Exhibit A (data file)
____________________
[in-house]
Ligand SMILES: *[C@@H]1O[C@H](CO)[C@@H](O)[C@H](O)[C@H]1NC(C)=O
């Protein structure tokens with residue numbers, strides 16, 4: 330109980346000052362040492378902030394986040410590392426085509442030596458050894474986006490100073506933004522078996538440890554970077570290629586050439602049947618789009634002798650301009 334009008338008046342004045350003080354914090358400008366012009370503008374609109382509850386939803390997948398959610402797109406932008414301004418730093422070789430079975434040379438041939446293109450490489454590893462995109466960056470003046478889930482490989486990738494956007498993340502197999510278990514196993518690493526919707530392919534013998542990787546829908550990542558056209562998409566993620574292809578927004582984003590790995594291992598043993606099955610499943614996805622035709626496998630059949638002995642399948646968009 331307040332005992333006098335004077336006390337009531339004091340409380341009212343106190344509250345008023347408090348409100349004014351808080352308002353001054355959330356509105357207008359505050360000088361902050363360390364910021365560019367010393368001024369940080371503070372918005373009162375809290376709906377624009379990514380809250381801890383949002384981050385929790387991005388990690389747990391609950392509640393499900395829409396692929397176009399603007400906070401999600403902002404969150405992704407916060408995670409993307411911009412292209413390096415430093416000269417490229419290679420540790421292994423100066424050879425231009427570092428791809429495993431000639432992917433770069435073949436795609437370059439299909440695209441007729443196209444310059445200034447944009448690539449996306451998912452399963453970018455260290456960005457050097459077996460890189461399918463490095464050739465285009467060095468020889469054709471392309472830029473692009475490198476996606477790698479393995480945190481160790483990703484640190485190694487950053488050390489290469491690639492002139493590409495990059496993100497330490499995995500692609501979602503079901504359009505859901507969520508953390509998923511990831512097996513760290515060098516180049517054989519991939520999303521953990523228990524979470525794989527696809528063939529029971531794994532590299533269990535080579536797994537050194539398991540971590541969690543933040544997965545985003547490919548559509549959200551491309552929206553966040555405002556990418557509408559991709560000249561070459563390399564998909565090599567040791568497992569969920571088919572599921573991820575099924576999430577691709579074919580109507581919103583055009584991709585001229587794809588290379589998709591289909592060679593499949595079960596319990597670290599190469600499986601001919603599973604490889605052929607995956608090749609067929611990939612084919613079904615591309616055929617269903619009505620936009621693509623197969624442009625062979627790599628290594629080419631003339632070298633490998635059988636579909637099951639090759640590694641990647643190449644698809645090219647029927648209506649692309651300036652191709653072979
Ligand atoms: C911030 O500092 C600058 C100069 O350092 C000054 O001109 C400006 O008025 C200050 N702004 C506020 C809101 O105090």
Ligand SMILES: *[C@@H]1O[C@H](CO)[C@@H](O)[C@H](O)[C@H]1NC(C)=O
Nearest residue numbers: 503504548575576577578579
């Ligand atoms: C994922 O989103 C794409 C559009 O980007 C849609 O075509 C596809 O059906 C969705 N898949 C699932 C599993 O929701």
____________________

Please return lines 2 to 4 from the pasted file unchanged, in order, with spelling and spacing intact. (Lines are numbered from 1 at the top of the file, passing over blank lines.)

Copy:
Ligand SMILES: *[C@@H]1O[C@H](CO)[C@@H](O)[C@H](O)[C@H]1NC(C)=O
């Protein structure tokens with residue numbers, strides 16, 4: 330109980346000052362040492378902030394986040410590392426085509442030596458050894474986006490100073506933004522078996538440890554970077570290629586050439602049947618789009634002798650301009 334009008338008046342004045350003080354914090358400008366012009370503008374609109382509850386939803390997948398959610402797109406932008414301004418730093422070789430079975434040379438041939446293109450490489454590893462995109466960056470003046478889930482490989486990738494956007498993340502197999510278990514196993518690493526919707530392919534013998542990787546829908550990542558056209562998409566993620574292809578927004582984003590790995594291992598043993606099955610499943614996805622035709626496998630059949638002995642399948646968009 331307040332005992333006098335004077336006390337009531339004091340409380341009212343106190344509250345008023347408090348409100349004014351808080352308002353001054355959330356509105357207008359505050360000088361902050363360390364910021365560019367010393368001024369940080371503070372918005373009162375809290376709906377624009379990514380809250381801890383949002384981050385929790387991005388990690389747990391609950392509640393499900395829409396692929397176009399603007400906070401999600403902002404969150405992704407916060408995670409993307411911009412292209413390096415430093416000269417490229419290679420540790421292994423100066424050879425231009427570092428791809429495993431000639432992917433770069435073949436795609437370059439299909440695209441007729443196209444310059445200034447944009448690539449996306451998912452399963453970018455260290456960005457050097459077996460890189461399918463490095464050739465285009467060095468020889469054709471392309472830029473692009475490198476996606477790698479393995480945190481160790483990703484640190485190694487950053488050390489290469491690639492002139493590409495990059496993100497330490499995995500692609501979602503079901504359009505859901507969520508953390509998923511990831512097996513760290515060098516180049517054989519991939520999303521953990523228990524979470525794989527696809528063939529029971531794994532590299533269990535080579536797994537050194539398991540971590541969690543933040544997965545985003547490919548559509549959200551491309552929206553966040555405002556990418557509408559991709560000249561070459563390399564998909565090599567040791568497992569969920571088919572599921573991820575099924576999430577691709579074919580109507581919103583055009584991709585001229587794809588290379589998709591289909592060679593499949595079960596319990597670290599190469600499986601001919603599973604490889605052929607995956608090749609067929611990939612084919613079904615591309616055929617269903619009505620936009621693509623197969624442009625062979627790599628290594629080419631003339632070298633490998635059988636579909637099951639090759640590694641990647643190449644698809645090219647029927648209506649692309651300036652191709653072979
Ligand atoms: C911030 O500092 C600058 C100069 O350092 C000054 O001109 C400006 O008025 C200050 N702004 C506020 C809101 O105090």